“Nonsense,” Yvette said. “Life is dangerous, Jonathan. If we thought as you do, we’d never let our children out of the house. You do everything you can to keep your crew safe, yes?”
Archer blinked at her.
“Your family would expect no more, no less.”
“Perhaps,” Mara said, “we must agree to disagree on this issue. We’re all talking about how important our loved ones are to us.” Her gaze traveled around the table, lingered on Jonathan’s tight face. “That’s what matters.”
“Quite right,” Thoth concluded. He thumped his goblet. “Adam, my man, more wine.”
As Mara tuned the guitar, Jonathan sprawled out on the bed. He adjusted the Starfleet interface, open and recording on a pillow.
“We should really try to get some sleep,” she said.
“Soon.” He angled the screen. “One more song.”
She leaned against a bedpost, her bare legs stretched out toward him, her hair falling over one shoulder. He settled into the mess of linens, his head propped on a hand, his face expectant.
“One more.” She couldn’t refuse him.
Moody, mysterious, the introduction started slowly.
When the dark wood fell before me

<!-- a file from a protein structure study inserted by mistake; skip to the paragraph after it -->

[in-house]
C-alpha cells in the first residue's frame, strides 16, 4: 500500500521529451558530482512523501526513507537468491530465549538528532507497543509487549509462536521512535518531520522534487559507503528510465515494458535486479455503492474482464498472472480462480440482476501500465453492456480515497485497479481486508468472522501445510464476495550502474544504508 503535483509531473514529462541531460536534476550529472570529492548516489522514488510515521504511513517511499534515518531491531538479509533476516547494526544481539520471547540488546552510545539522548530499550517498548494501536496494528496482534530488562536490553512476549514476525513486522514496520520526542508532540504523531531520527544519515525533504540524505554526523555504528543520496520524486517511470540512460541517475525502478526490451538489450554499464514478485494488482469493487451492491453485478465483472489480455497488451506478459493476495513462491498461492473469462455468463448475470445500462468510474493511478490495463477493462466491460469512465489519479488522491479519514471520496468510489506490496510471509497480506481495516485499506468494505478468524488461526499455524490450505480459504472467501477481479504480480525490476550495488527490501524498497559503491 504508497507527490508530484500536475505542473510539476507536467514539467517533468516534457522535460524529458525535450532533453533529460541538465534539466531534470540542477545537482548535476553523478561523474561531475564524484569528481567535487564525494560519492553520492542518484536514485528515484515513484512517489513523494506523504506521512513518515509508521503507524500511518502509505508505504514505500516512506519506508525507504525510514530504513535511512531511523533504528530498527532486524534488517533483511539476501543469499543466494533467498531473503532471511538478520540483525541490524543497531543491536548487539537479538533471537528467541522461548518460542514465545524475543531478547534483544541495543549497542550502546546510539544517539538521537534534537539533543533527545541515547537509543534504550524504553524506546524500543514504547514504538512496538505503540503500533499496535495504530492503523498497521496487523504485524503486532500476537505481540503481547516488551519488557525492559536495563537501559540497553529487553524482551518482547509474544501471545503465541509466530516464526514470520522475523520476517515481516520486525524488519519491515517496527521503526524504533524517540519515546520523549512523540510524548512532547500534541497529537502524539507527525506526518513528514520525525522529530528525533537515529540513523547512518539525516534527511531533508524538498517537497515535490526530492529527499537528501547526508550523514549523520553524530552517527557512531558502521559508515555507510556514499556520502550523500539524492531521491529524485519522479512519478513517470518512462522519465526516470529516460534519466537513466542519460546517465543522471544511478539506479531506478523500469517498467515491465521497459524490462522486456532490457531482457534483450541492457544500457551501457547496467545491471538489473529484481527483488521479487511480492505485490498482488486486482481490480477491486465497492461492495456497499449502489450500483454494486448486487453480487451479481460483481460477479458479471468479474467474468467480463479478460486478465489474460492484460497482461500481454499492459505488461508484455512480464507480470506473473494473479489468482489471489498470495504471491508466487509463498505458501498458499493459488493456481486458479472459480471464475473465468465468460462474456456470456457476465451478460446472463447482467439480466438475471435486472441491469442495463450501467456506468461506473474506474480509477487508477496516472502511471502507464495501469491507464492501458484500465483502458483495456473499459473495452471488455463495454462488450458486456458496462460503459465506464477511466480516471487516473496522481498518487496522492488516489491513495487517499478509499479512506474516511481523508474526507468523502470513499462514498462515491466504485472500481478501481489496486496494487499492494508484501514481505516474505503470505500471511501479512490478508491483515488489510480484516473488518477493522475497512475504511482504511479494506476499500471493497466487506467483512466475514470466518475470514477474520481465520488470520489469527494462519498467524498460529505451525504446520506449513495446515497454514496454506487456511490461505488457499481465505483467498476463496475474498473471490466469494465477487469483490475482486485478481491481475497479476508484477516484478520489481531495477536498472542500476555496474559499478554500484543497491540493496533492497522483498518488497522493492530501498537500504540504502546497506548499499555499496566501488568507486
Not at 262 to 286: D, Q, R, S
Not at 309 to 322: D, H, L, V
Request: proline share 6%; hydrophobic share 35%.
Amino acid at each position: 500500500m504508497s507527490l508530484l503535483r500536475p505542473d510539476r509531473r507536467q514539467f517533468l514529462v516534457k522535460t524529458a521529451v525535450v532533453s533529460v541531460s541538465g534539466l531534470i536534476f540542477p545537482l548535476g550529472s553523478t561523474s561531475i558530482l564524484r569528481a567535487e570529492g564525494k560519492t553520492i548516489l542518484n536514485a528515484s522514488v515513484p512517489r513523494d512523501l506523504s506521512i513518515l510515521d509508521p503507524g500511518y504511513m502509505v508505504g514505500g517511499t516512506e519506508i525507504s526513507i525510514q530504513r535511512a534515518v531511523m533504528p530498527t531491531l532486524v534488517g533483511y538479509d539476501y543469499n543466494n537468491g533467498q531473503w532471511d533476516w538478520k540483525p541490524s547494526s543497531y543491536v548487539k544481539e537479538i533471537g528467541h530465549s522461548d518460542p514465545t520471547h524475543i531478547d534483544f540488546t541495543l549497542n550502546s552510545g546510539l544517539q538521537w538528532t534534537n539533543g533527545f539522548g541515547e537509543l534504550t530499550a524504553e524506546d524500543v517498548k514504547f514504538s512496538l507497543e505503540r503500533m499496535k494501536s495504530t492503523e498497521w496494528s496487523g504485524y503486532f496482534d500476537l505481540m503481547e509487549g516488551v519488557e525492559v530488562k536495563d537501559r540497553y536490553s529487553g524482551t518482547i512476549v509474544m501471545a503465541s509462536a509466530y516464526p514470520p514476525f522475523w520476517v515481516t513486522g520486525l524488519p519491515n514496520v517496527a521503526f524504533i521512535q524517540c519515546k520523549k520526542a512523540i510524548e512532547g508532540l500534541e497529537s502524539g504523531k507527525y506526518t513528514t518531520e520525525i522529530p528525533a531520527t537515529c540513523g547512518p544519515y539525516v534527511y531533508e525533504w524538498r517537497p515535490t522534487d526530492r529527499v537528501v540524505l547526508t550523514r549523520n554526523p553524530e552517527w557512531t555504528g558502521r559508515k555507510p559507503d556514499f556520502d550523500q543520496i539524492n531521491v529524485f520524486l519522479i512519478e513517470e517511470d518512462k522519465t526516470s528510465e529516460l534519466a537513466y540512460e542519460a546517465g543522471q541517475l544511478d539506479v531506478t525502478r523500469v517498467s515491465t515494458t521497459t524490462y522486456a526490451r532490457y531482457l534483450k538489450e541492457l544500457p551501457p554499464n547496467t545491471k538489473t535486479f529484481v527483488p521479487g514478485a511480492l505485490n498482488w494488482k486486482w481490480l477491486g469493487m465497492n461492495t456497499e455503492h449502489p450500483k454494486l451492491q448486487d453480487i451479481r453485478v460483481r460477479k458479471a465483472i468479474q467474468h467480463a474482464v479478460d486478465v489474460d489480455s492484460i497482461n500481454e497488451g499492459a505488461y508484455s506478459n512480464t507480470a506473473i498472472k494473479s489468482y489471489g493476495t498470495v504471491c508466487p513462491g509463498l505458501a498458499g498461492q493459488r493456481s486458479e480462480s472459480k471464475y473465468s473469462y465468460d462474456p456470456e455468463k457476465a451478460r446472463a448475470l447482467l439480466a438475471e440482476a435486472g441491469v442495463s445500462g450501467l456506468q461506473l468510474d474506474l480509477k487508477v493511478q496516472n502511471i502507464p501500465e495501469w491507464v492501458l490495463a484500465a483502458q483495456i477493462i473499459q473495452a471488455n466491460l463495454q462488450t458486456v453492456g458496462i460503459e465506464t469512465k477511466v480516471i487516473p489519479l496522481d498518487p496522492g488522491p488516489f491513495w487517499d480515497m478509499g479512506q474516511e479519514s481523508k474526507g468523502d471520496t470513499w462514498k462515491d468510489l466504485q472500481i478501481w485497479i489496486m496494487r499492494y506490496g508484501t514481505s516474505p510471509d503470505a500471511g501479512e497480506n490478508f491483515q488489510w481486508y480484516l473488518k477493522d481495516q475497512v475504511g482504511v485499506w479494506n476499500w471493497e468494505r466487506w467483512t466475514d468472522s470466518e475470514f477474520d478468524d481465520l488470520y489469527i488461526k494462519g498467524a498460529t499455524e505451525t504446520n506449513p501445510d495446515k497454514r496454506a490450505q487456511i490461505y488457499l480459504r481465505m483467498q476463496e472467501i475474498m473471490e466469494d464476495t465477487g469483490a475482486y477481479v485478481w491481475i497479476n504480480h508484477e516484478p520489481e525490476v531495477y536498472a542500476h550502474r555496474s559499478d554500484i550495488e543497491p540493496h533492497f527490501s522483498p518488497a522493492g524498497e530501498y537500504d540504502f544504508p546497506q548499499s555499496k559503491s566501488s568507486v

And all the paths were overgrown
When the priests of pride say there is no other way
You showed me your love in the light of the stars.
Cast your eyes on the Ocean
Cast your soul to the Sea
When the dark night seems endless
Please remember me.
She looked up from the guitar as his hand wrapped around her foot. His eyes had changed color again, pale gray now in the soft light. The pinch between his brows she’d come to know made him look puzzled or contemplative, but Mara thought there might be something else there.
I did not believe because I could not see
Though you came to me in the night
When the dawn seemed forever lost
You showed me your love in the light of the stars
Cast your eyes…
A lump gathered under her breastbone. Singing for Jonathan was never a good idea, but she seemed to keep doing it. Songs stripped away all her careful posturing, said things she had no intention of saying. Singing was too naked.
When the mountain rose before me
By the deep well of desire
From the fountain of forgiveness
Beyond the ice and the fire
Cast your eyes on the Ocean
Cast your soul to the Sea
When the dark night seems endless